More User Friendly and Used by More Agencies. Where should officers go to obtain information about unsolved violent crime cases? Where do they direct their inquiries? Who do they ask? Officers in small departments might ask their colleagues during morning roll call. Those in mid-sized agencies might question investigators working other shifts. Personnel in large departments might ask officers in the next jurisdiction by sending a teletype or similar communication.
Yet, the communication might not reach the employees who have the necessary information. Generally, personnel who need information about violent crime cases do not connect with the investigators who have that knowledge. Information technology (IT) has enhanced communication for law enforcement, allowing departments to close violent crime cases with the arrest of an offender.
Origin of ViCAP
The Violent Criminal Apprehension Program (ViCAP)1 originated from an idea by local law enforcement and the late Pierce Brooks.2 In 1956, Mr. Brooks investigated the murders of two Los Angeles women who had replied to an advertisement for photographic models. Their bodies, tied with rope in such a fashion as to suggest that the killer might practice bondage, subsequently were found in the desert.
Mr. Brooks, convinced that these were not the killer’s first murders and that the offender would kill again, devised an early form of ViCAP. For 18 months, he used his off-duty time to visit the Los Angeles central library and read out-of-town newspapers to look for information on murders that exhibited characteristics similar to those he was investigating. He found such an article in a newspaper and, using pieces from that case coupled with evidence from his own cases, arrested an individual who subsequently was tried, convicted, and executed for the murders.
Mr. Brooks refined his idea and concluded that a computer could capture relevant information about murders. If open and closed cases were stored in the computer, investigators easily could query the database for similar ones when they first confront new, “mystery” cases. They could use clues from other cases that exhibit similar characteristics to solve more cases. Moreover, when officers identify offenders, a search of the computer using their modus operandi (MO) would reveal other open cases for which they might be responsible.3 In 1983, the Office of Juvenile Justice and Delinquency Prevention and the National Institute of Justice gave a planning grant, the “National Missing/Abducted Children and Serial Murder Tracking and Prevention Program,” to Sam Houston State University in Huntsville, Texas. After three workshops, with the last held in November 1983, the National Center for the Analysis of Violent Crime (NCAVC) emerged. The U.S. Department of Justice provided the initial funding for the NCAVC and stipulated that it would be “...under the direction and control of the FBI training center at Quantico, Virginia.”4 ViCAP became a part of the NCAVC with its goal to “...collect, collate, and analyze all aspects of the investigation of similar-pattern, multiple murders, on a nationwide basis, regardless of the location or number of police agencies involved.”5 Mr. Brooks envisioned ViCAP as a “nationwide clearing-house...to provide all law enforcement agencies reporting similar-pattern violent crimes with the information necessary to initiate a coordinated multiagency investigation.”6 ViCAP attempts to identify similar characteristics that may exist in a series of unsolved murders and provide all police agencies reporting similar patterns with information necessary to initiate a coordinated multiagency investigation.7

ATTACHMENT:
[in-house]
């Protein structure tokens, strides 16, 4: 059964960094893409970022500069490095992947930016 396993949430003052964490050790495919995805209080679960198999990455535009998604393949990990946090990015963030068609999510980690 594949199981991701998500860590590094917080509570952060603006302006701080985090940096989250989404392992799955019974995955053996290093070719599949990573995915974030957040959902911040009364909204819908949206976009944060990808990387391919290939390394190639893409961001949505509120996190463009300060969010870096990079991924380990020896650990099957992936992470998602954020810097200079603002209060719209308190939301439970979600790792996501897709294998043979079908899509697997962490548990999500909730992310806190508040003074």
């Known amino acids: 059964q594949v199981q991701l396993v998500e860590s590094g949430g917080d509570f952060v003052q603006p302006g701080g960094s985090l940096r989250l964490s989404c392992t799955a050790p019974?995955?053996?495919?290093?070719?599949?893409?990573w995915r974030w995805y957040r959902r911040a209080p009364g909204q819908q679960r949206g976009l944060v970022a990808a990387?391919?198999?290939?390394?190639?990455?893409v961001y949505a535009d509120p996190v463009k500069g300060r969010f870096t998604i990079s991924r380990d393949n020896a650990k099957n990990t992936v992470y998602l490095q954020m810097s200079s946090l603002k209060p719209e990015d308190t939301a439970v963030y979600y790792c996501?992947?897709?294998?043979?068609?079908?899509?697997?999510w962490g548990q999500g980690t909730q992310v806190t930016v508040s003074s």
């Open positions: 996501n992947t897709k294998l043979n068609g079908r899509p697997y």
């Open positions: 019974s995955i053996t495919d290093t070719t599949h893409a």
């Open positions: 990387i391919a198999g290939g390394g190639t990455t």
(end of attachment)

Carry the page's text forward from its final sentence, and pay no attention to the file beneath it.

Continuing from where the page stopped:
Redesign of ViCAP
Since ViCAP’s beginning at the FBI Academy in July 1985, its goal of identifying cases exhibiting similar characteristics and providing that information to law enforcement agencies for a coordinated, case-closing investigation has remained constant. But, a tremendous change has occurred in the way ViCAP now provides services to state and local law enforcement. In 1996, a business analysis revealed several details about ViCAP.8
*Only 3 to 7 percent of the total cases were reported each year. Of the 21,000 homicides (average) reported per year in the 1990s,9 only about 1,500 to 1,800 were submitted to the nationwide database.
*An urban void existed. While most murders occurred in large cities, the cities were not contributing their homicides to the nationwide database.
*ViCAP users reported that the 189-question ViCAP form was cumbersome and difficult.
*Users perceived that ViCAP case submissions entered a bureaucratic “black hole” never to emerge or be seen again.
*Chronic understaffing caused a failure to address incoming case work on a timely basis.
The beginning of the ViCAP change originated with the 1994 crime bill. Legislation in this bill directed the attorney general to “...develop and implement, on a pilot basis with no more than 10 participating cities, an intelligent information system that gathers, integrates, organizes, and analyzes information in active support of investigations by federal, state, and local law enforcement agencies of violent serial crimes.”10
From the business analysis, ViCAP learned that the program had to be placed in the hands of state and local law enforcement. This concept of program delivery required two conditions of ViCAP software: 1) migration of the application from a mainframe computing environment to a platform more affordable by state and local law enforcement and 2) a choice of software that eliminated the need for a computer programmer to extract information from a database. To accomplish these objectives, ViCAP had to create a powerful, object-oriented, user-friendly, software seamlessly integrating data, mapping, reporting, and image-capturing tools. This high-end software would have to operate on a modestly priced desktop computer. Crime bill monies provided the initial funding to create completely new software for ViCAP and to move it as an application from a mainframe to a client-server environment.